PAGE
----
The association between childhood cancer and socioeconomic status is inconclusive. Family income has seldom been included in large population-based studies, and the specific contributions of it remain unknown.
A total of 712,674 children born between 1967 and 2009 in the Oslo region were included. Of these, 864 were diagnosed with leukemia or cancer in the central nervous system before the age of 15 years. The association between poverty and childhood leukemia or brain cancer was analyzed using logistic regression and Cox proportional hazards models. Family income was stratified according to poverty lines. Parents' educational level and several perinatal variables were also examined.
Family poverty during the first 2 years of life was associated with lymphoid leukemia before the age of 15 years: odds ratio 1.72, 95% confidence interval 1.11-2.64. In the same age group we found a significant dose response, with a 21% increased risk of lymphoid leukemia with increasing poverty. The risk for intracranial and intraspinal embryonal tumors in the whole study period was lower for children in the middle family income category. For astrocytomas there was a more than 70% increased risk in the medium income category when analyzing the two first years of life. The observed increase was reduced when all years each child contributed to the study were included. The risk of cancer in the central nervous system overall was 20% higher in the medium income category compared to the high-income category.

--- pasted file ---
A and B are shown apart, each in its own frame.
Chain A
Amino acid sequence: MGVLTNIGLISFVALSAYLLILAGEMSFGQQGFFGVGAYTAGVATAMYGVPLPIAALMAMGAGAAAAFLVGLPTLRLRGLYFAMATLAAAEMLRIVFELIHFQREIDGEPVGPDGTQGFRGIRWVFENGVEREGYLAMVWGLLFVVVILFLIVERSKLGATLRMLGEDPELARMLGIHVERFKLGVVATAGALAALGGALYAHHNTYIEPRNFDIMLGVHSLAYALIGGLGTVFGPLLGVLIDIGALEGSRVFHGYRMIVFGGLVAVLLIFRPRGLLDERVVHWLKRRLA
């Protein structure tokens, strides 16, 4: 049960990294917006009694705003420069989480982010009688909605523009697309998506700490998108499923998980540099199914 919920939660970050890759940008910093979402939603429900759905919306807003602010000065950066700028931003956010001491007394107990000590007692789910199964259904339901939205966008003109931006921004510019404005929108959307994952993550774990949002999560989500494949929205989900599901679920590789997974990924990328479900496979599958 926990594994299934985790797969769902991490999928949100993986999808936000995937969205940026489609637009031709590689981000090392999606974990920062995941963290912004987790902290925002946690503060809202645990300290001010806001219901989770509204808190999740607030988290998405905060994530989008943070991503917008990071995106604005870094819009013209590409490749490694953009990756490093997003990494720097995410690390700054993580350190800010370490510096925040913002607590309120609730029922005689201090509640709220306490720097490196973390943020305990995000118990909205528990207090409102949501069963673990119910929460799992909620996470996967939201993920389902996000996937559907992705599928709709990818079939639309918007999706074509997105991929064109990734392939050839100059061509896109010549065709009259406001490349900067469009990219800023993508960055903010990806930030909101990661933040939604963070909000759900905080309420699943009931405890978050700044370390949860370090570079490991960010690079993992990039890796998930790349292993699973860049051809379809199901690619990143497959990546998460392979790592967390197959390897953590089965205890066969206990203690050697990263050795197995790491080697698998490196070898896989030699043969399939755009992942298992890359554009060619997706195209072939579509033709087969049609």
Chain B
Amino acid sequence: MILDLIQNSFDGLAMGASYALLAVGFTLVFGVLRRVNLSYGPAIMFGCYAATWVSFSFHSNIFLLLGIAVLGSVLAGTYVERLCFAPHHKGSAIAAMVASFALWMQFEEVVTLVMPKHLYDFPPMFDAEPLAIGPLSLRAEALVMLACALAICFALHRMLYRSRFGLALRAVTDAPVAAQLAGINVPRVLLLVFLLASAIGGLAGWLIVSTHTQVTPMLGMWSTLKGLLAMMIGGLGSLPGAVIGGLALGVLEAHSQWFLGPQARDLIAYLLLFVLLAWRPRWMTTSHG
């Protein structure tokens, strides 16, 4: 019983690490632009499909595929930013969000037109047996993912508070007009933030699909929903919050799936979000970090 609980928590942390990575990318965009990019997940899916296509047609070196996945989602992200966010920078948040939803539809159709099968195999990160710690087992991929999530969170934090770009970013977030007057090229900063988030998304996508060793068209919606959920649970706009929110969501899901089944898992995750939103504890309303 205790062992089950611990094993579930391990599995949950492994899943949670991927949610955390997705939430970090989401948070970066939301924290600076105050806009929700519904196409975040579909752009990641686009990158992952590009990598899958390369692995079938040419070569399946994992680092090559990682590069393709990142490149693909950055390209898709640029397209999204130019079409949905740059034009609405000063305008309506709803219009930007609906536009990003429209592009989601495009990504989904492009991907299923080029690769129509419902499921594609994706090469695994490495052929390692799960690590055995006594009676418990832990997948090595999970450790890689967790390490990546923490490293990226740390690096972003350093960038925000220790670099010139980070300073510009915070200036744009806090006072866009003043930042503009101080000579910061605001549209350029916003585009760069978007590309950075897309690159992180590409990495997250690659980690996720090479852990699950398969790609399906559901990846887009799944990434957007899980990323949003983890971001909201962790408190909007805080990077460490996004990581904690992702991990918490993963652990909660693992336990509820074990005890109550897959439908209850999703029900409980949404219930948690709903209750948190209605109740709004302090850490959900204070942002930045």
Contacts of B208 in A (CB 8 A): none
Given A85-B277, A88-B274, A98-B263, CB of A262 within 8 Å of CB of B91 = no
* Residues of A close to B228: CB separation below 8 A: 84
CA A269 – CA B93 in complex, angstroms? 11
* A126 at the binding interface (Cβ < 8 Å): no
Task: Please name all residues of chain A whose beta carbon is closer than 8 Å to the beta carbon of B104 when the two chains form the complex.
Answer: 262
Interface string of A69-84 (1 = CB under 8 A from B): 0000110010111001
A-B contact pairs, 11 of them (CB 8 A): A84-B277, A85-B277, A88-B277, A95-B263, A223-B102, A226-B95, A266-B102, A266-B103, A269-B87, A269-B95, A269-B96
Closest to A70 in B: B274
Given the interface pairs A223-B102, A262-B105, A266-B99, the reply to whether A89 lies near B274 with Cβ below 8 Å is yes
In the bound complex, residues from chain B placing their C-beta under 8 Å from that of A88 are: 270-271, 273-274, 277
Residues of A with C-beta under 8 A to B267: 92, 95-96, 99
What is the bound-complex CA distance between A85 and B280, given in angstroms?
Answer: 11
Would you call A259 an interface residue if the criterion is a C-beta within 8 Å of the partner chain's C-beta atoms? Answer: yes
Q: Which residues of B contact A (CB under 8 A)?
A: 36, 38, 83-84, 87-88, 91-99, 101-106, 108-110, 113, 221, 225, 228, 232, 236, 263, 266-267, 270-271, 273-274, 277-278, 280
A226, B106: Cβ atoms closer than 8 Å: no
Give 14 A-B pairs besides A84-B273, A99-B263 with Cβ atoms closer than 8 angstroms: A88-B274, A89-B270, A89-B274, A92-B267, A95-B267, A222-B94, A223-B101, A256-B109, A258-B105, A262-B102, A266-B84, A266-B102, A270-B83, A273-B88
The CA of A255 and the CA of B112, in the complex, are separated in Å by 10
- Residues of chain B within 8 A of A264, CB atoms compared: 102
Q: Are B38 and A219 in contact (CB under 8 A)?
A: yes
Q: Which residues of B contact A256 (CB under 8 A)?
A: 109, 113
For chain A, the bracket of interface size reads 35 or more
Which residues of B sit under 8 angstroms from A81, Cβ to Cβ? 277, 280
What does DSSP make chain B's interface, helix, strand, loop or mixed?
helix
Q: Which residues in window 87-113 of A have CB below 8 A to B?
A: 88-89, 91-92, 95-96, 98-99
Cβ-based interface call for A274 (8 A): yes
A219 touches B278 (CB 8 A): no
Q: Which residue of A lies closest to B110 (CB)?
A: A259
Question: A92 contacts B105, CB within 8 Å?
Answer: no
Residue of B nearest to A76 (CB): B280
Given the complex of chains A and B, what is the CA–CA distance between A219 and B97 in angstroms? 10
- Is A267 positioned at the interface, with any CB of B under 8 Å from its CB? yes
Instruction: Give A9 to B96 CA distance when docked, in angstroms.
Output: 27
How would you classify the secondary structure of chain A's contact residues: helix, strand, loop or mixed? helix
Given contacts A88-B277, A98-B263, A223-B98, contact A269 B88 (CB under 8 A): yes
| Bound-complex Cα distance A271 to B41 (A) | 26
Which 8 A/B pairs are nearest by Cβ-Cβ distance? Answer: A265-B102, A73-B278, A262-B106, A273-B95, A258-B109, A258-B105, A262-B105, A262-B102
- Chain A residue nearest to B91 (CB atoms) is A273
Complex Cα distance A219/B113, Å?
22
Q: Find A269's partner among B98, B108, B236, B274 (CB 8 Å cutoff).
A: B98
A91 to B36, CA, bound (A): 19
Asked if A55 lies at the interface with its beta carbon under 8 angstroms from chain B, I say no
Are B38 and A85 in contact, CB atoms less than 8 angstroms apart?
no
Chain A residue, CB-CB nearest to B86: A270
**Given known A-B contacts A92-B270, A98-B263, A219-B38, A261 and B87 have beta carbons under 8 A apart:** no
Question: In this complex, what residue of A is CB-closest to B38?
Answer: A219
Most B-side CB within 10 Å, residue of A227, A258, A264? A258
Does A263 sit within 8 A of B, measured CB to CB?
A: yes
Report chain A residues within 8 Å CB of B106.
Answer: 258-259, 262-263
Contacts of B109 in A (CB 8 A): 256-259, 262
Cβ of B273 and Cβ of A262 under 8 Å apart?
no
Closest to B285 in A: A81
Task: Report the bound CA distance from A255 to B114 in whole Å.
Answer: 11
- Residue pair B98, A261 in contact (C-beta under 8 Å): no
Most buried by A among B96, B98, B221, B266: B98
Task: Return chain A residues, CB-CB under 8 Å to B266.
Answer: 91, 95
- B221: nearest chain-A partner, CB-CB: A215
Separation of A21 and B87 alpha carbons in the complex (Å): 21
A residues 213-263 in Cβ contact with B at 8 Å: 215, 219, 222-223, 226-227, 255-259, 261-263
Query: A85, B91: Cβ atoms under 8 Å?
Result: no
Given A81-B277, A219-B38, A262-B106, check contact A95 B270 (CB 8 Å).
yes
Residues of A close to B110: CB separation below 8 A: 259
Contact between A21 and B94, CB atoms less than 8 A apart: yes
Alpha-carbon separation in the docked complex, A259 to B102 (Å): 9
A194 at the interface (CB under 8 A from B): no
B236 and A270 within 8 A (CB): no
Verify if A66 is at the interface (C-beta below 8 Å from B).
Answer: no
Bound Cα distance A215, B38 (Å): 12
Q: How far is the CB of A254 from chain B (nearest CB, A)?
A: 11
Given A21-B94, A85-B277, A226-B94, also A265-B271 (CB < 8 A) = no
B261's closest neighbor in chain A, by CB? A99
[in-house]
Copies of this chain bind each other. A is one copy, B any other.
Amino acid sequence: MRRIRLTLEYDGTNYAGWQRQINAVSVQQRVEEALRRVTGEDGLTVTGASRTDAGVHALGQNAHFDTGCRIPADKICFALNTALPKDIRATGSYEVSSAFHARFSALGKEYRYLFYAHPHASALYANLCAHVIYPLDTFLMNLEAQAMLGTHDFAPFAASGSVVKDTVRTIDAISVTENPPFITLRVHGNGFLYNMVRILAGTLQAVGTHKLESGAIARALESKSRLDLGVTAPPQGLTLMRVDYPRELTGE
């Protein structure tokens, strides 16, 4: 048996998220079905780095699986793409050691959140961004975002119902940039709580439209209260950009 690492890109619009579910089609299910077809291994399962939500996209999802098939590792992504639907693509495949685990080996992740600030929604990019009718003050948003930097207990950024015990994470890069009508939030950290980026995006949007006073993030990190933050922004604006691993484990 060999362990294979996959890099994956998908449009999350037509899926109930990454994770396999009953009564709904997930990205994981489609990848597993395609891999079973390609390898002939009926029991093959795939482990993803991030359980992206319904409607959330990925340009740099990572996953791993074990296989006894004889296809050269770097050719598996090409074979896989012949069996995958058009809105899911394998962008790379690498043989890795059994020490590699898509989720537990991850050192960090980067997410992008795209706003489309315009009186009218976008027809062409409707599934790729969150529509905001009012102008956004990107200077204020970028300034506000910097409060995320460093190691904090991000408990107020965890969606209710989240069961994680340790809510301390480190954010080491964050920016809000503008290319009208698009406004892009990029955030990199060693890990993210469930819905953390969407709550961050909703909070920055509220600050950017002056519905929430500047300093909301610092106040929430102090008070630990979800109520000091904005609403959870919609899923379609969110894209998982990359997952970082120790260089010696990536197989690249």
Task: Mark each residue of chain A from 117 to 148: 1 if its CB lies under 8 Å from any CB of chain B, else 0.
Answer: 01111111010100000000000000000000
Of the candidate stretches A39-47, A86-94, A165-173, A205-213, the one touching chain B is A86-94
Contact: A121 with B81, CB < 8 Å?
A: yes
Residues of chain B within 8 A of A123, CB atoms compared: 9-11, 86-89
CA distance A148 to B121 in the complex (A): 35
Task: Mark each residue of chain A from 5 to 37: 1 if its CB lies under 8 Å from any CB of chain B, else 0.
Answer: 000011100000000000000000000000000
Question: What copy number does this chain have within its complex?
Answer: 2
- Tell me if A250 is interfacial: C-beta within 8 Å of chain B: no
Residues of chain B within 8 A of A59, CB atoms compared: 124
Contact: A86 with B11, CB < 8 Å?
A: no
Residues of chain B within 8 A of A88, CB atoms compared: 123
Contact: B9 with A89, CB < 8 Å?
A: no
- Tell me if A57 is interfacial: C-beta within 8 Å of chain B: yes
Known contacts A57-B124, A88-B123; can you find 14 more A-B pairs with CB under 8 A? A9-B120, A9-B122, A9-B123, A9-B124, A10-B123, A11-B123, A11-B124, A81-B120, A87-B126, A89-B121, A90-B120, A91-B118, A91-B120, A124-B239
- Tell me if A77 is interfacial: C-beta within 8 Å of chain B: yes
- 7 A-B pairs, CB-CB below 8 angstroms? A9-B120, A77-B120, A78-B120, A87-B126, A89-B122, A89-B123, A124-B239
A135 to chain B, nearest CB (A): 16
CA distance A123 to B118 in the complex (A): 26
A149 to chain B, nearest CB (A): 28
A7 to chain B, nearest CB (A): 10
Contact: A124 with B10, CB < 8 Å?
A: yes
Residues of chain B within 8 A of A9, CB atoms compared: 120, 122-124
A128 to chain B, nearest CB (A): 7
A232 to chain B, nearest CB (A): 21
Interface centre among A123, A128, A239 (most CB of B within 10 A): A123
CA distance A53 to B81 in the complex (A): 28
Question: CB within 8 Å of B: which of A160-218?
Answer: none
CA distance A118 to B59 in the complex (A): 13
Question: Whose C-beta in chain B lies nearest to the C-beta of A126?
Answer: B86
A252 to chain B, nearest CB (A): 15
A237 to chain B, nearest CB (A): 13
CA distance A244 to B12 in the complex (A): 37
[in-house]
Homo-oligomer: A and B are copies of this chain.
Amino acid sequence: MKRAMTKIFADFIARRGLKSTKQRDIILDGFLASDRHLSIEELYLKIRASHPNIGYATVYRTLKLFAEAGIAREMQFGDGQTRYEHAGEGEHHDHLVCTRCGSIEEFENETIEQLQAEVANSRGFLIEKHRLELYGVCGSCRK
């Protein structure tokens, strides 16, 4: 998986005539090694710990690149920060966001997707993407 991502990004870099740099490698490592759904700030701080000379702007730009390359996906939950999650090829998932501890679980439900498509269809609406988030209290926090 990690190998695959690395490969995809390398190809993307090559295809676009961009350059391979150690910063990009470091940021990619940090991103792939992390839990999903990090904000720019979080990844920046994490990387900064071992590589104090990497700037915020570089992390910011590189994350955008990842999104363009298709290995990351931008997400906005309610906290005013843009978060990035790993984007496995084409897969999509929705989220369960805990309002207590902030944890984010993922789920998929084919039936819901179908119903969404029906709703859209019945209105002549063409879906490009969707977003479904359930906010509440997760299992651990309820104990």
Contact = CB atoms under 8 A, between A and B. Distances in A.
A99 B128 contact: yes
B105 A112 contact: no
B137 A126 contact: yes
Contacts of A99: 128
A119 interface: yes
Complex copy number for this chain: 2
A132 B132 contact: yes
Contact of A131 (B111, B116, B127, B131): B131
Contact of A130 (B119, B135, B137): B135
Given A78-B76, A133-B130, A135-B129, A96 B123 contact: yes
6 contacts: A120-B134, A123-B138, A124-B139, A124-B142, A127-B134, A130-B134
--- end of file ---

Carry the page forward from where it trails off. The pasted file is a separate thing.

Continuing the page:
Being born into a household of low family income the first 2 years of life was found to be a risk factor for development of lymphoid leukemia. For astrocytomas we observed an increased risk among children born into the medium income category throughout the first two years of life.